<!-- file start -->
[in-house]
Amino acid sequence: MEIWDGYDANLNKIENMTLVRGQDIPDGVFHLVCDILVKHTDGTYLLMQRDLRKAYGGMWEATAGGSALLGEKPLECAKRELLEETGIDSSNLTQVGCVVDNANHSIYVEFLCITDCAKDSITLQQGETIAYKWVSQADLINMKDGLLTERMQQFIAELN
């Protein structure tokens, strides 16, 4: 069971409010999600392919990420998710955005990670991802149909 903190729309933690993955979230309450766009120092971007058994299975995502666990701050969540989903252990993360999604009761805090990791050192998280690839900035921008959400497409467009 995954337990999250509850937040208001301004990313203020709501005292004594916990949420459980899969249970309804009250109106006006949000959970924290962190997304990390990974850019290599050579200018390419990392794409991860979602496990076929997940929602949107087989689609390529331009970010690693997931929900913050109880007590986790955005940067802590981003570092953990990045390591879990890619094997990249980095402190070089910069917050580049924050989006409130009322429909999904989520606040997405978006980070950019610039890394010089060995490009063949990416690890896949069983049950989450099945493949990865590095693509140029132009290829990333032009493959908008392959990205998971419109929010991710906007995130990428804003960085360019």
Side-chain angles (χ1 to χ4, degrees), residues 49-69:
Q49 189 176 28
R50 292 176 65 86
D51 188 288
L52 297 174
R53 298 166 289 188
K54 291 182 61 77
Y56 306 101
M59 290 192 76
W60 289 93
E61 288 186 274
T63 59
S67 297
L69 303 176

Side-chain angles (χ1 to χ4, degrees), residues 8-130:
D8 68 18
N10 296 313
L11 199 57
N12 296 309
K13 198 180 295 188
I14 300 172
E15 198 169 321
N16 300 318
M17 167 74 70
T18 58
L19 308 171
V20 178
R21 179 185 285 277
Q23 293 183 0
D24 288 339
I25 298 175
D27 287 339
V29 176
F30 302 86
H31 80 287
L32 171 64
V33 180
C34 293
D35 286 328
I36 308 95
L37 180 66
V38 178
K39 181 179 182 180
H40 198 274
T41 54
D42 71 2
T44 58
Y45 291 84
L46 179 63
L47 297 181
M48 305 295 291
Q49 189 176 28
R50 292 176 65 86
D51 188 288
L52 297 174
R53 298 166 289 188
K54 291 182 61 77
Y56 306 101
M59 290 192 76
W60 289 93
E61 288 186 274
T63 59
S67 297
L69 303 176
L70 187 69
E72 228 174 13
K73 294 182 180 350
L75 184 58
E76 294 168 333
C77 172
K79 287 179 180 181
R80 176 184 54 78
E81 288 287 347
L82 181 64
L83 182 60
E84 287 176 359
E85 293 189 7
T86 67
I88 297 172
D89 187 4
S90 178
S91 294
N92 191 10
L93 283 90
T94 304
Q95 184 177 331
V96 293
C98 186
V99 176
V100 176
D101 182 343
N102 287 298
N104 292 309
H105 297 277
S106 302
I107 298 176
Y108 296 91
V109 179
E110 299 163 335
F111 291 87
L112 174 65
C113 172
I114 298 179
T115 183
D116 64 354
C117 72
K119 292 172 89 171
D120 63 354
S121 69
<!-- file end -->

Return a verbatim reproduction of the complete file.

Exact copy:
[in-house]
Amino acid sequence: MEIWDGYDANLNKIENMTLVRGQDIPDGVFHLVCDILVKHTDGTYLLMQRDLRKAYGGMWEATAGGSALLGEKPLECAKRELLEETGIDSSNLTQVGCVVDNANHSIYVEFLCITDCAKDSITLQQGETIAYKWVSQADLINMKDGLLTERMQQFIAELN
């Protein structure tokens, strides 16, 4: 069971409010999600392919990420998710955005990670991802149909 903190729309933690993955979230309450766009120092971007058994299975995502666990701050969540989903252990993360999604009761805090990791050192998280690839900035921008959400497409467009 995954337990999250509850937040208001301004990313203020709501005292004594916990949420459980899969249970309804009250109106006006949000959970924290962190997304990390990974850019290599050579200018390419990392794409991860979602496990076929997940929602949107087989689609390529331009970010690693997931929900913050109880007590986790955005940067802590981003570092953990990045390591879990890619094997990249980095402190070089910069917050580049924050989006409130009322429909999904989520606040997405978006980070950019610039890394010089060995490009063949990416690890896949069983049950989450099945493949990865590095693509140029132009290829990333032009493959908008392959990205998971419109929010991710906007995130990428804003960085360019």
Side-chain angles (χ1 to χ4, degrees), residues 49-69:
Q49 189 176 28
R50 292 176 65 86
D51 188 288
L52 297 174
R53 298 166 289 188
K54 291 182 61 77
Y56 306 101
M59 290 192 76
W60 289 93
E61 288 186 274
T63 59
S67 297
L69 303 176

Side-chain angles (χ1 to χ4, degrees), residues 8-130:
D8 68 18
N10 296 313
L11 199 57
N12 296 309
K13 198 180 295 188
I14 300 172
E15 198 169 321
N16 300 318
M17 167 74 70
T18 58
L19 308 171
V20 178
R21 179 185 285 277
Q23 293 183 0
D24 288 339
I25 298 175
D27 287 339
V29 176
F30 302 86
H31 80 287
L32 171 64
V33 180
C34 293
D35 286 328
I36 308 95
L37 180 66
V38 178
K39 181 179 182 180
H40 198 274
T41 54
D42 71 2
T44 58
Y45 291 84
L46 179 63
L47 297 181
M48 305 295 291
Q49 189 176 28
R50 292 176 65 86
D51 188 288
L52 297 174
R53 298 166 289 188
K54 291 182 61 77
Y56 306 101
M59 290 192 76
W60 289 93
E61 288 186 274
T63 59
S67 297
L69 303 176
L70 187 69
E72 228 174 13
K73 294 182 180 350
L75 184 58
E76 294 168 333
C77 172
K79 287 179 180 181
R80 176 184 54 78
E81 288 287 347
L82 181 64
L83 182 60
E84 287 176 359
E85 293 189 7
T86 67
I88 297 172
D89 187 4
S90 178
S91 294
N92 191 10
L93 283 90
T94 304
Q95 184 177 331
V96 293
C98 186
V99 176
V100 176
D101 182 343
N102 287 298
N104 292 309
H105 297 277
S106 302
I107 298 176
Y108 296 91
V109 179
E110 299 163 335
F111 291 87
L112 174 65
C113 172
I114 298 179
T115 183
D116 64 354
C117 72
K119 292 172 89 171
D120 63 354
S121 69